The 49ers Tavern in Long Beach wants customers to know it will try to make the next local electricity crisis more bearable. A sign outside says: "Rolling Blackout Special. 50% Off DARK Beer. One hour maximum. This grid only."
The saloon, by the way, is the only one I know of with a slogan declaring it's the ideal place for people who've "got no class."
But that might be because it's a few blocks from a school: Cal State Long Beach.
Guide to daring dining: Today's specials (see accompanying) include:
* Apricots that seem to have come directly from a gym workout (submitted by Merrill Finnerty)
* Some peas served in an unusual manner (Richard Rains)
* An alcoholic beverage sold by the pound (James Carlson and several other readers).
And, finally, a warning snapped in England that will be welcomed by diners who think that the price of meals is high enough without having to fork over additional money to waiters and valets (photo by Bob Carr).
Translation, please: Oh, I just noticed that Carr said "tipping" in England means littering.
Plate movements: Some winners in the http://knx1070.com Web site's monthly search for offbeat vanity licenses:
* ARUCA, Kate Nicholson of Rosemead, who says: "My plate spells 'Acura' backward and people read it correctly in their rear-view mirrors. I got the plate because I'm dyslexic."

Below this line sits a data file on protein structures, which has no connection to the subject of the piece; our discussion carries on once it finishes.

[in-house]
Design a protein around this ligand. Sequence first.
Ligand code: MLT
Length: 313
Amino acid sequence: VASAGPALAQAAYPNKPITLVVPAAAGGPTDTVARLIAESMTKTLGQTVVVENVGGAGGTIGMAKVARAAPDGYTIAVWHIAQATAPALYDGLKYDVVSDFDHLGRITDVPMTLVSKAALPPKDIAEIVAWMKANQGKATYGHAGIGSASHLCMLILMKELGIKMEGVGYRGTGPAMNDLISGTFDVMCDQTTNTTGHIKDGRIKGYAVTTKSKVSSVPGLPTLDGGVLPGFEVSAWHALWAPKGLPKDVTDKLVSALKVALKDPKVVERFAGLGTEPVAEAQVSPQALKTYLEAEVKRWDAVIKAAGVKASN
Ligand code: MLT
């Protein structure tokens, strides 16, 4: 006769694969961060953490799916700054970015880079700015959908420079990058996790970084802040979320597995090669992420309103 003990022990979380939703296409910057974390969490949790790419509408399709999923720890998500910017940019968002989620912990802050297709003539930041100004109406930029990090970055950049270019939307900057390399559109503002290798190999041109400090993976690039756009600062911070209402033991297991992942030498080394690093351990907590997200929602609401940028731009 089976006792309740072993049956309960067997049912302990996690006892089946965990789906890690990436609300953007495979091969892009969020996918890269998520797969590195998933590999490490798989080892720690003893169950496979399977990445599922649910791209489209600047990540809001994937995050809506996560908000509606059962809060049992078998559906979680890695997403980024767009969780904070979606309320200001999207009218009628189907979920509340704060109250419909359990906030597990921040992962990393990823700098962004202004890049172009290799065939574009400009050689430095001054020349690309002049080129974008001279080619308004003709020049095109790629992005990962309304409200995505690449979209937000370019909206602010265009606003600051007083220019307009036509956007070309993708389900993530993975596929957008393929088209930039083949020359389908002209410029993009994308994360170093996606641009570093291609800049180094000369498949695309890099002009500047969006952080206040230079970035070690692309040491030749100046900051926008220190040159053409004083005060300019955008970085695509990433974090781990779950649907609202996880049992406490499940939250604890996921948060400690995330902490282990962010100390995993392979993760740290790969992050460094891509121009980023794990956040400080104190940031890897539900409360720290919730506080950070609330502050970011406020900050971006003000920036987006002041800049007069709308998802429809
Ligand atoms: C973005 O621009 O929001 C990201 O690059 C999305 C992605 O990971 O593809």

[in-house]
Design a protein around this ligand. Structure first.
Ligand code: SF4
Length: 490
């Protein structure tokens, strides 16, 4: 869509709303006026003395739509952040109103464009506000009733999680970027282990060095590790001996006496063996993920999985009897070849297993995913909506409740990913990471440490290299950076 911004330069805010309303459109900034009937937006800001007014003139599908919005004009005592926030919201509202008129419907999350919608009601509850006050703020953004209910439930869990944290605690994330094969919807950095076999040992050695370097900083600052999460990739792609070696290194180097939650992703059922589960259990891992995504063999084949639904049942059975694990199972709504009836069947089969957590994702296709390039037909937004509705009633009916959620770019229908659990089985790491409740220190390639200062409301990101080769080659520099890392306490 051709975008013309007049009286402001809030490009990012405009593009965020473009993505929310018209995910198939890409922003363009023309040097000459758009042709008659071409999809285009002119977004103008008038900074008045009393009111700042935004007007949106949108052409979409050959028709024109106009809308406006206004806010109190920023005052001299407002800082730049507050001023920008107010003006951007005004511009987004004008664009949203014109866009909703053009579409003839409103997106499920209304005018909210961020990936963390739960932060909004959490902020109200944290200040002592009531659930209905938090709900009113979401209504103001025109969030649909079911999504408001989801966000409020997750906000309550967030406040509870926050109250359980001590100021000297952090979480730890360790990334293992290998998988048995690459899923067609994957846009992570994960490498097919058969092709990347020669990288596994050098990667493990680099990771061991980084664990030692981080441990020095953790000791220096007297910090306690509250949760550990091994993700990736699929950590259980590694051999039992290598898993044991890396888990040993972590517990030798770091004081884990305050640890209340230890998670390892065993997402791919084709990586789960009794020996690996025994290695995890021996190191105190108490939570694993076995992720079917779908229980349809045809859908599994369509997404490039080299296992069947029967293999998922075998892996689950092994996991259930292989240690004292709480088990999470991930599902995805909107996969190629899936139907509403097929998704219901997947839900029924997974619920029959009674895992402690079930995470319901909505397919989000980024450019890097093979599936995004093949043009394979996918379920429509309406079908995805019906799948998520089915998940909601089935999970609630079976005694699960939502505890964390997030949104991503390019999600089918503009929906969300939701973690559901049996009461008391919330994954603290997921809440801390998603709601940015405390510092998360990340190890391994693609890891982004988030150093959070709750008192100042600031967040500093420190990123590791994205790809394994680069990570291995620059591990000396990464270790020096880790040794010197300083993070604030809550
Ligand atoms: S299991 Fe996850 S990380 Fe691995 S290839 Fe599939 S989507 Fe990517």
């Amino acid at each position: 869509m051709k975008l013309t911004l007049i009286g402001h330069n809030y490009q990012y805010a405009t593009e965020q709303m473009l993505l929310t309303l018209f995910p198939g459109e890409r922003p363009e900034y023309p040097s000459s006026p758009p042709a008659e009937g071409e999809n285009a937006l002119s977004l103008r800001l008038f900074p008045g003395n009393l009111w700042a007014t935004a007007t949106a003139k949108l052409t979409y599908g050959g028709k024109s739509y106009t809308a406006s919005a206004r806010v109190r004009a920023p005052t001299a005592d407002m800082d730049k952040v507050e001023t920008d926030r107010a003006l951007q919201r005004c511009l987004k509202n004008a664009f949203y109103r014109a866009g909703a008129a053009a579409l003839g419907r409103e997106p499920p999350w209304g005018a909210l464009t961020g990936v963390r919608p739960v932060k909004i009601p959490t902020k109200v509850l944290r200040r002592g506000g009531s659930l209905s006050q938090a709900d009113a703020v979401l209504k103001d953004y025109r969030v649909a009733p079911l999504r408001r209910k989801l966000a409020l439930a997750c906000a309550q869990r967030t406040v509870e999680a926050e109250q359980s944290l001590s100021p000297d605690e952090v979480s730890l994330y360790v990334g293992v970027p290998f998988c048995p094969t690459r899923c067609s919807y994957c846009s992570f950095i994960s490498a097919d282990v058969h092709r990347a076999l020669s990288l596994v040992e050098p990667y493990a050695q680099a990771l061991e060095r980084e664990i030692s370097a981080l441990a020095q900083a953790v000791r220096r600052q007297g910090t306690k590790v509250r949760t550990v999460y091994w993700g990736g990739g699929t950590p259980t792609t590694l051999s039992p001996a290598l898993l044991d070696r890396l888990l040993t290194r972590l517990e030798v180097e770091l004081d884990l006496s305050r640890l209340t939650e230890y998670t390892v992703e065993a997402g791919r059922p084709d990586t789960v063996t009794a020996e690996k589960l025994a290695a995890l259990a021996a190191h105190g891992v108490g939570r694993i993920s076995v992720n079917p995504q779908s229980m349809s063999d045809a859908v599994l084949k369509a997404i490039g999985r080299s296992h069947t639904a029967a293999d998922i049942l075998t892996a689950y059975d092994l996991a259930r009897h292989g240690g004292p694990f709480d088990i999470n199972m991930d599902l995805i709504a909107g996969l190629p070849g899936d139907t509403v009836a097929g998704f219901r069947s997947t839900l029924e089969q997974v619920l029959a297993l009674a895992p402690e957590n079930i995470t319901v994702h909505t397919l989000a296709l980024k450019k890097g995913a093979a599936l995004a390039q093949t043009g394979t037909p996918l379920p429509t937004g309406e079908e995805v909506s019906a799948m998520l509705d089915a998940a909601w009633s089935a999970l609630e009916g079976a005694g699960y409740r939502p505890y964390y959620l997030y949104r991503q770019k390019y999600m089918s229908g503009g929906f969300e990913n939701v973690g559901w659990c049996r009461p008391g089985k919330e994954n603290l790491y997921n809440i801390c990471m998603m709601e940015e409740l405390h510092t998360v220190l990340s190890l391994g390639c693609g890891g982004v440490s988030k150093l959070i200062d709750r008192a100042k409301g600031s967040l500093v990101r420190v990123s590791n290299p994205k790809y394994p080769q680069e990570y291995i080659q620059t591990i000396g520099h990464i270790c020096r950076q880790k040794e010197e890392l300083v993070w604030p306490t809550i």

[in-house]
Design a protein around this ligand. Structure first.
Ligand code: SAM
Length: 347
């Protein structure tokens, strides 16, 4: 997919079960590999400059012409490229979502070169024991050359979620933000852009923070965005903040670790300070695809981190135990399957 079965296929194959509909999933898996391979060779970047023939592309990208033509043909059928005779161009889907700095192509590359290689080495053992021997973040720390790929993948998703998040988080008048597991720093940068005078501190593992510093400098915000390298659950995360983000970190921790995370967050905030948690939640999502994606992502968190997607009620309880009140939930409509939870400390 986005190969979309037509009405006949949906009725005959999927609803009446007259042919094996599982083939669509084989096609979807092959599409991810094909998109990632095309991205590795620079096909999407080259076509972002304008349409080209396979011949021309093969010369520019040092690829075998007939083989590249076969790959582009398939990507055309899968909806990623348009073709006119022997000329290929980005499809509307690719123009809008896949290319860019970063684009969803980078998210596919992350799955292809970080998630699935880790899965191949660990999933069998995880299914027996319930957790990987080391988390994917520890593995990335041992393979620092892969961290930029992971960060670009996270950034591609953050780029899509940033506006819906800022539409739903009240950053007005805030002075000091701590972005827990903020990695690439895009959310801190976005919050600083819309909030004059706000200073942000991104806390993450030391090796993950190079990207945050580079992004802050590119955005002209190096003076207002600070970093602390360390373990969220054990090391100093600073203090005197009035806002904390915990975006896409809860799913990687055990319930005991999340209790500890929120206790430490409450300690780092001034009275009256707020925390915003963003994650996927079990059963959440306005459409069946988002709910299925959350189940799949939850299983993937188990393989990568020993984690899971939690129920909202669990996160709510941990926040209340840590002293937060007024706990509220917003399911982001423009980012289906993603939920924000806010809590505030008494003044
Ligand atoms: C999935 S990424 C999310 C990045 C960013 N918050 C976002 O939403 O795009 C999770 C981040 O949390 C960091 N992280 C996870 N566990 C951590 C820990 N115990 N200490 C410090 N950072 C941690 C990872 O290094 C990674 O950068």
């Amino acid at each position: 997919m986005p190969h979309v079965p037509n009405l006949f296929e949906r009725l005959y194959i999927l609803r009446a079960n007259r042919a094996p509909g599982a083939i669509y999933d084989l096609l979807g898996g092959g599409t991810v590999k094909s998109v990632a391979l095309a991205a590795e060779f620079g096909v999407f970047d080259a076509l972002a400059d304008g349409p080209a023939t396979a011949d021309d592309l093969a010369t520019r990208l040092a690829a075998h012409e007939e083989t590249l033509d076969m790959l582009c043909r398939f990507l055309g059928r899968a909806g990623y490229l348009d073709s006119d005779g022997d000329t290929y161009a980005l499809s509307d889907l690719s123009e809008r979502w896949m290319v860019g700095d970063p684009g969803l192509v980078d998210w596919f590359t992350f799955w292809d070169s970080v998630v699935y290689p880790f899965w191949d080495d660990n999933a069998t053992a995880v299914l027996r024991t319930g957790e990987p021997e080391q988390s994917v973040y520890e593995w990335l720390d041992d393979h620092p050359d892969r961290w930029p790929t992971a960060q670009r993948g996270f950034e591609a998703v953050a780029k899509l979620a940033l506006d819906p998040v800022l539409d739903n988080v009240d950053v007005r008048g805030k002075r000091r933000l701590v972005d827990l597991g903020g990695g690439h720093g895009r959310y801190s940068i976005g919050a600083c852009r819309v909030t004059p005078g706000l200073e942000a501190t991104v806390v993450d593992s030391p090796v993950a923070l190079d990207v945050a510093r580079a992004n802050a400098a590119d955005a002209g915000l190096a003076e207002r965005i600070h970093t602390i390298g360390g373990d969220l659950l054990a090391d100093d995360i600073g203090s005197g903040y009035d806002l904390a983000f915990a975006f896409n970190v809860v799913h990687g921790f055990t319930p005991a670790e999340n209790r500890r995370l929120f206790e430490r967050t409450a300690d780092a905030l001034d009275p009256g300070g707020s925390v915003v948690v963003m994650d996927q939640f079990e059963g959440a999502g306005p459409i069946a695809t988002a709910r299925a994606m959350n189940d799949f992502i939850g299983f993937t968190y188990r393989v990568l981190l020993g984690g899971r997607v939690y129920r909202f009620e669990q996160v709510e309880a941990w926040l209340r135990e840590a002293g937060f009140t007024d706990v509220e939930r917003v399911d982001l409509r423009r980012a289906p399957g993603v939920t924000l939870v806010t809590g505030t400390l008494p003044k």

* I (Heart) BN2ET, Joe Alaskey, Van Nuys: "For many years now I have been the voice of Tweety in the Warner Bros. cartoons and commercials."
(Alaskey obviously loves being the voice of wise-cracking 2ET.)
* NOTMOB, Don Genova, Pasadena: "I look like a gangster, talk like a gangster and I even drive a big Cadillac. Also, I'm Italian but I'm not 'connected' or 'made' and never will be. I'm tired of being pointed out as a mobster so I put this on my plate."
* RU1099, Lee Dove, Winnemucca, Nev.: "I am a patrol deputy in Nevada. '1099' is the code for a 'wanted' suspect. Other police officers usually give me a laugh when they see my car."
I wonder what RU1099 would think of NOTMOB.
The kindest cut: Inventing a critic, as Sony did for some recent movie ads, is a fairly crude stratagem. Studios more often slyly feature actual reviewers' blurbs that are taken out of context.
Some months ago, reader Gary Schwartz wrote here about a Paramount ad for "Sleepy Hollow" that quoted a Newsweek critic as saying " 'Sleepy Hollow' has got to be the most gorgeous, sumptuous, painterly movie ever made."
Fine, except the full quote actually ended with the words, "the most gorgeous, sumptuous, painterly movie ever made about multiple decapitations."
Now you see why Paramount chopped it off.
A few days ago I mentioned the time that announcer Durward Kirby introduced a new sponsor, the Bond Bread Bakers this way: "The Blond Bed Breakers are on the air."
Bond also seems to have inspired another boo-boo.
Bill Sharpe and Haskell Barkin each wrote to say that they also recall a story of an announcer saying: "For the breast in bed, get Bond."